The Great Georgica Pond Pump Out

Nitrogen is the culprit in most cases when it comes to triggering harmful algal blooms, and at Georgica Pond, 50% of the nitrogen is coming from septic systems. That is why FOGP is advocating for installation of the low-nitrogen septic systems, which can reduce the amount of nitrogen entering the groundwater by 70%.

Septic systems can also contribute to bacterial loads in the pond and depending on how well maintained, how old and where your septic system is located can determine a lot about how much fecal bacteria is escaping from your septic tank and potentially contaminating Georgica Pond. Dr. Gobler’s research has found human fecal bacteria in the pond, but in low amounts compared with bacteria contributed by dogs, small mammals and birds. High levels of bacteria like Enterococcus and E. coli can create conditions unsafe for swimming and boating and lead to shellfish closures.

While you evaluate a state-of-the-art low-nitrogen septic system for your home, your existing septic systems requires maintenance right now.

The Suffolk County Department of Health recommends that every septic tank or cesspool should be pumped out at least every two to three years.* The frequency varies depending on how many people live in the house and whether it’s a year-round or seasonal home.

Here are four simple steps to follow to have your septic system pumped.

LOCATE: The first thing you need to do is locate your septic system. It is important to know where it is in your landscape so you can monitor it. In addition, when you need to have it pumped, it is less expensive if the lid to the septic system is already exposed. Septic tank lids can be raised to allow easier accessibility or you can put a marker on it such as a pile of rocks or a statue!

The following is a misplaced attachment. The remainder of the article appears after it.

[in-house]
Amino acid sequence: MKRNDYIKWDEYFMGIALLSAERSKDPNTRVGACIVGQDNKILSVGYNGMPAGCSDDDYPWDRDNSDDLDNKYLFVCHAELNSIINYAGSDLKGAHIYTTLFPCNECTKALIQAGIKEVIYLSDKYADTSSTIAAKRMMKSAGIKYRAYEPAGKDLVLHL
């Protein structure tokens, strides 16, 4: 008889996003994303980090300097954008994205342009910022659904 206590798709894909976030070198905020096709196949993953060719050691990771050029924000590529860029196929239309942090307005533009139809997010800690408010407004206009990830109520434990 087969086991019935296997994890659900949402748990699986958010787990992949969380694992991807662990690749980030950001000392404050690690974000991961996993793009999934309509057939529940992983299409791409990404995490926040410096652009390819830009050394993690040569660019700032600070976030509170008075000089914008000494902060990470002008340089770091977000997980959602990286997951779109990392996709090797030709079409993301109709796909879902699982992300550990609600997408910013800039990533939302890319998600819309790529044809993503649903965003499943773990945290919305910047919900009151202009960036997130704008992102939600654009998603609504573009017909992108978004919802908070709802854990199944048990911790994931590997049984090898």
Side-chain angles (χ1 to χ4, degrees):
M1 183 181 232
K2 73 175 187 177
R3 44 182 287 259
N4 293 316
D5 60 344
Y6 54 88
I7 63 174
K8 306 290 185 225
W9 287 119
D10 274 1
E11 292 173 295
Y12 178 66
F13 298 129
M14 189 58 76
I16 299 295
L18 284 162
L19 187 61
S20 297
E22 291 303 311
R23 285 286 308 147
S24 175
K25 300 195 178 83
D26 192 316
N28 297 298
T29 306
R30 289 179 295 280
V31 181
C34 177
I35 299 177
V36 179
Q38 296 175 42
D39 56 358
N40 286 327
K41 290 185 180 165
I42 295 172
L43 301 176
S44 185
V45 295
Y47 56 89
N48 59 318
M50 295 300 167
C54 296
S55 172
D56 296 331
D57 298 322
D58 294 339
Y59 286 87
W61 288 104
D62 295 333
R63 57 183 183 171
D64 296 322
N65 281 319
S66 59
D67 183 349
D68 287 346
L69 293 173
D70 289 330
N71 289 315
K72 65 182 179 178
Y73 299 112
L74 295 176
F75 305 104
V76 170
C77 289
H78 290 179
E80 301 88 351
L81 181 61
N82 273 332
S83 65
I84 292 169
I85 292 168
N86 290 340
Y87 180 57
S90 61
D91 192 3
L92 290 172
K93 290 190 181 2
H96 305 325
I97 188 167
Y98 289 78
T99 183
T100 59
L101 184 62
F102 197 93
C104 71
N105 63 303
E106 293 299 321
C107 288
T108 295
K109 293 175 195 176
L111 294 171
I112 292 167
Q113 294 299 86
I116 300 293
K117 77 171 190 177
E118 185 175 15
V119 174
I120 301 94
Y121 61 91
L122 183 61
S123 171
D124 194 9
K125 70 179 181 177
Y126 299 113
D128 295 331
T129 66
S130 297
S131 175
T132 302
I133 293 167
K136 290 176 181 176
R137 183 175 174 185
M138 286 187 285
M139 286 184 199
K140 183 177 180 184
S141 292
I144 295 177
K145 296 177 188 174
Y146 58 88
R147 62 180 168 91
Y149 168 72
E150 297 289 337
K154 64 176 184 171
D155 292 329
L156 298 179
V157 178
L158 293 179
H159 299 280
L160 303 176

Septic tank lids disguised with a pile of rocks and birdbath.

Septic contractors will charge you to locate your septic system and sometimes this can get quite elaborate and costly including using video cameras in the waste pipe exiting the house. A good place to look first is if you have a recent survey of your property. Septic systems are usually located on surveys. Another place to look is for the waste line plumbing vent on the outside of your home. Septic systems are generally downgradient or directly in line with this.

INSPECT. Be sure the ground around the tank appears firm and stable. It should not be soggy or caving in.

A waste line plumbing vent on the side of a house.

MAINTAIN. As mentioned above, keep the septic tank accessible. Do not let the lid get covered over in earth and vegetation. In addition, there are many things that should NOT be flushed down the drain. These include cooking oil and grease, paper products other than toilet paper, hygiene products. A kitchen sink garbage disposal is not advisable. Have it removed and compost your kitchen scraps.

The septic tank and leaching ring are fully exposed at this house on an eroding
beach in East Hampton.

PUMP. When ready, call a septic maintenance company and schedule your pump out.

Houses with four and fewer bedrooms generally have a 1,000-gallon septic tank. The cost to have a tank of this size pumped starts at around $425.

For larger homes, tanks are generally 1,500-2,000 gallons and these start at $650 to pump. There are a number of reputable septic service companies in our area, here are just a few of them:

  • Hampton Septic Services, 631-267-7515
  • John K. Ott, 631-324-0947  
  • South Fork Septic, 631-283-0333

*Once you’ve installed a low-nitrogen septic system, the manufacturer will be responsible for 3 years of maintenance. After 3 years, a maintenance contract becomes the homeowner’s responsibility and is mandatory.